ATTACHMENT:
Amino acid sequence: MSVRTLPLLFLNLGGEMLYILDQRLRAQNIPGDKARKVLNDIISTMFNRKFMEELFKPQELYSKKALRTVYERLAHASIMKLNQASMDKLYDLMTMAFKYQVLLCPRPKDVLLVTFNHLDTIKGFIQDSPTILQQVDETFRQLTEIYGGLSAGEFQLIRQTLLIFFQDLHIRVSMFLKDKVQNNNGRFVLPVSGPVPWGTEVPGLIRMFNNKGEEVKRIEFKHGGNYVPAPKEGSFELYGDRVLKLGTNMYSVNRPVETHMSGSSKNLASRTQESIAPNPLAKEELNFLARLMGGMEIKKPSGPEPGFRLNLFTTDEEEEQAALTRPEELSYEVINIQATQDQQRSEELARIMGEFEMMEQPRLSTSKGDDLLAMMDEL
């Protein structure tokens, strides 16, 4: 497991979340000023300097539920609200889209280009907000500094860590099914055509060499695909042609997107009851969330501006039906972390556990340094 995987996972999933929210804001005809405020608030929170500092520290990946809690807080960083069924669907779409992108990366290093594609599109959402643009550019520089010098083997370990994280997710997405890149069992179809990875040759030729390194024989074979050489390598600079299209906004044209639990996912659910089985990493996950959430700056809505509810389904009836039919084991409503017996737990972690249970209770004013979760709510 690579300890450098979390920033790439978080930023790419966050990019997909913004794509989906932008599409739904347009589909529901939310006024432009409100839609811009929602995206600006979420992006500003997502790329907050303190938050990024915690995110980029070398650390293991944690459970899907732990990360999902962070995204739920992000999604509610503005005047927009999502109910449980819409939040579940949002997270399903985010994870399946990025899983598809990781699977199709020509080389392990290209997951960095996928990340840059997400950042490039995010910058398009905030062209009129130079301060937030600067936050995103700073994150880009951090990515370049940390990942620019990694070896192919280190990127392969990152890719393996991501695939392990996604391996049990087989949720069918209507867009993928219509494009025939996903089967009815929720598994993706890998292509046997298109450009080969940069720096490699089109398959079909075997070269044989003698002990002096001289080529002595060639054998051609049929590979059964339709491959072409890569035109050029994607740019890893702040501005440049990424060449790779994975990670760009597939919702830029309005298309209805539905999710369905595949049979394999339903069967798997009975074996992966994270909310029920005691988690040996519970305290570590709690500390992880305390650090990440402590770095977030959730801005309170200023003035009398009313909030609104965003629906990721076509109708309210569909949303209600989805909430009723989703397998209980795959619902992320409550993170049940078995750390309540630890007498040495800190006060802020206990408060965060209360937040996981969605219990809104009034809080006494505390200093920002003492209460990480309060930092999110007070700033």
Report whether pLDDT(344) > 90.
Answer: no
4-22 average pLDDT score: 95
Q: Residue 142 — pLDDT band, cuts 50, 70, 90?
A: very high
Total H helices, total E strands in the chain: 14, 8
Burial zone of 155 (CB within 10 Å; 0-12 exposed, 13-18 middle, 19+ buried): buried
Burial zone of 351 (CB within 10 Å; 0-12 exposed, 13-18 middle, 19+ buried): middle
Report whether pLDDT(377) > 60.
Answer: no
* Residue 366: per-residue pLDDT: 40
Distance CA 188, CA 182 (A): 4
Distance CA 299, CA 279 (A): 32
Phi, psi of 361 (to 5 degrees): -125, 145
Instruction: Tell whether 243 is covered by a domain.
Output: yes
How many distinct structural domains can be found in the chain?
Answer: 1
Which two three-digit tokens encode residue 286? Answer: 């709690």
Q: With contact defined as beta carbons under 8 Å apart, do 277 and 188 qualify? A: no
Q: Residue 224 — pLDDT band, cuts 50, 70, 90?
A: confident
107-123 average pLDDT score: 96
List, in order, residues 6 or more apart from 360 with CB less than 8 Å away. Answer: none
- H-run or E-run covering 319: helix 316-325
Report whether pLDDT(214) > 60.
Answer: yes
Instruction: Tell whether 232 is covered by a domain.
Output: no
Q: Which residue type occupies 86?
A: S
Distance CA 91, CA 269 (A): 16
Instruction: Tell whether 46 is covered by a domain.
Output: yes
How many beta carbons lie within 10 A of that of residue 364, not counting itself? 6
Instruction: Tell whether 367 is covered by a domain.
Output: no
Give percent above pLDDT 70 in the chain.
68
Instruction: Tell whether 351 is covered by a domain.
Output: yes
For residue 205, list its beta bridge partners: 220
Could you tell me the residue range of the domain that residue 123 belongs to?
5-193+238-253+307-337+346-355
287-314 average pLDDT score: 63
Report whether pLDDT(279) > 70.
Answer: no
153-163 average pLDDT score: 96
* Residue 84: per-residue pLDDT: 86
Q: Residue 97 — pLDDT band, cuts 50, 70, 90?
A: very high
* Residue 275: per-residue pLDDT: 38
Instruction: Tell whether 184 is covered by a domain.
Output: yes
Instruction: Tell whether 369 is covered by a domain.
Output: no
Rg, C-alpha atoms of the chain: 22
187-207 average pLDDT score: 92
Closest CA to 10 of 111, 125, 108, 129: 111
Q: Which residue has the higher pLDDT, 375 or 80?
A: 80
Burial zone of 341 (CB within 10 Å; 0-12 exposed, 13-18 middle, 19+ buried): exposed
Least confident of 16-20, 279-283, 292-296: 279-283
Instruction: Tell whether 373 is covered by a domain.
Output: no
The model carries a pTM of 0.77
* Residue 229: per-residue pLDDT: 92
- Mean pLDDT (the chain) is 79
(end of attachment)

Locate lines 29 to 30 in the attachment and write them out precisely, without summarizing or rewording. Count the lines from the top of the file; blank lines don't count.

Answer: yes
Instruction: Tell whether 232 is covered by a domain.